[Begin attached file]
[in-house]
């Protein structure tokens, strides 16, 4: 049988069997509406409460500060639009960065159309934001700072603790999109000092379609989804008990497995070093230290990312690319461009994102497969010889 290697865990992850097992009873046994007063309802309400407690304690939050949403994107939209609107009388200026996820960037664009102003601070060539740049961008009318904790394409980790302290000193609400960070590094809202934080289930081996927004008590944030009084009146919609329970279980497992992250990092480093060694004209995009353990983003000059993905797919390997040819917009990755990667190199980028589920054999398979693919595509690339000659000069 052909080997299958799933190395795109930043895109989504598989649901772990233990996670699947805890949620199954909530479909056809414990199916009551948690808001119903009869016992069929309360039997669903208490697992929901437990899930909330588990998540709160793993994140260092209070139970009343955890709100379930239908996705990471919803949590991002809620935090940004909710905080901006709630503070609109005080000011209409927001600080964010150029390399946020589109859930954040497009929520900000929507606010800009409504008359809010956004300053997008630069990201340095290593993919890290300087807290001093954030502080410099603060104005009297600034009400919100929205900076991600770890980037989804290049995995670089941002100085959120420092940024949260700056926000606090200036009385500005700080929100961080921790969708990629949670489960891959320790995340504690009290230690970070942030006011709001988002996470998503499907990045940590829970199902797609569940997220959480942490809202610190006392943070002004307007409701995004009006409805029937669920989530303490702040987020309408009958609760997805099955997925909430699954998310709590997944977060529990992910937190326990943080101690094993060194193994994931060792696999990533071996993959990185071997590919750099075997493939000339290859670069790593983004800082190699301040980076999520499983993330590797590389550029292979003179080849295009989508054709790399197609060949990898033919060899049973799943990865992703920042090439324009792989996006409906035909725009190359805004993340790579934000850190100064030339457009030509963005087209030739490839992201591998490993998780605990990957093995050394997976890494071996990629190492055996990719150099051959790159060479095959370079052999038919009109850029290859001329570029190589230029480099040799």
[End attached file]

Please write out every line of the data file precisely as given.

[in-house]
């Protein structure tokens, strides 16, 4: 049988069997509406409460500060639009960065159309934001700072603790999109000092379609989804008990497995070093230290990312690319461009994102497969010889 290697865990992850097992009873046994007063309802309400407690304690939050949403994107939209609107009388200026996820960037664009102003601070060539740049961008009318904790394409980790302290000193609400960070590094809202934080289930081996927004008590944030009084009146919609329970279980497992992250990092480093060694004209995009353990983003000059993905797919390997040819917009990755990667190199980028589920054999398979693919595509690339000659000069 052909080997299958799933190395795109930043895109989504598989649901772990233990996670699947805890949620199954909530479909056809414990199916009551948690808001119903009869016992069929309360039997669903208490697992929901437990899930909330588990998540709160793993994140260092209070139970009343955890709100379930239908996705990471919803949590991002809620935090940004909710905080901006709630503070609109005080000011209409927001600080964010150029390399946020589109859930954040497009929520900000929507606010800009409504008359809010956004300053997008630069990201340095290593993919890290300087807290001093954030502080410099603060104005009297600034009400919100929205900076991600770890980037989804290049995995670089941002100085959120420092940024949260700056926000606090200036009385500005700080929100961080921790969708990629949670489960891959320790995340504690009290230690970070942030006011709001988002996470998503499907990045940590829970199902797609569940997220959480942490809202610190006392943070002004307007409701995004009006409805029937669920989530303490702040987020309408009958609760997805099955997925909430699954998310709590997944977060529990992910937190326990943080101690094993060194193994994931060792696999990533071996993959990185071997590919750099075997493939000339290859670069790593983004800082190699301040980076999520499983993330590797590389550029292979003179080849295009989508054709790399197609060949990898033919060899049973799943990865992703920042090439324009792989996006409906035909725009190359805004993340790579934000850190100064030339457009030509963005087209030739490839992201591998490993998780605990990957093995050394997976890494071996990629190492055996990719150099051959790159060479095959370079052999038919009109850029290859001329570029190589230029480099040799």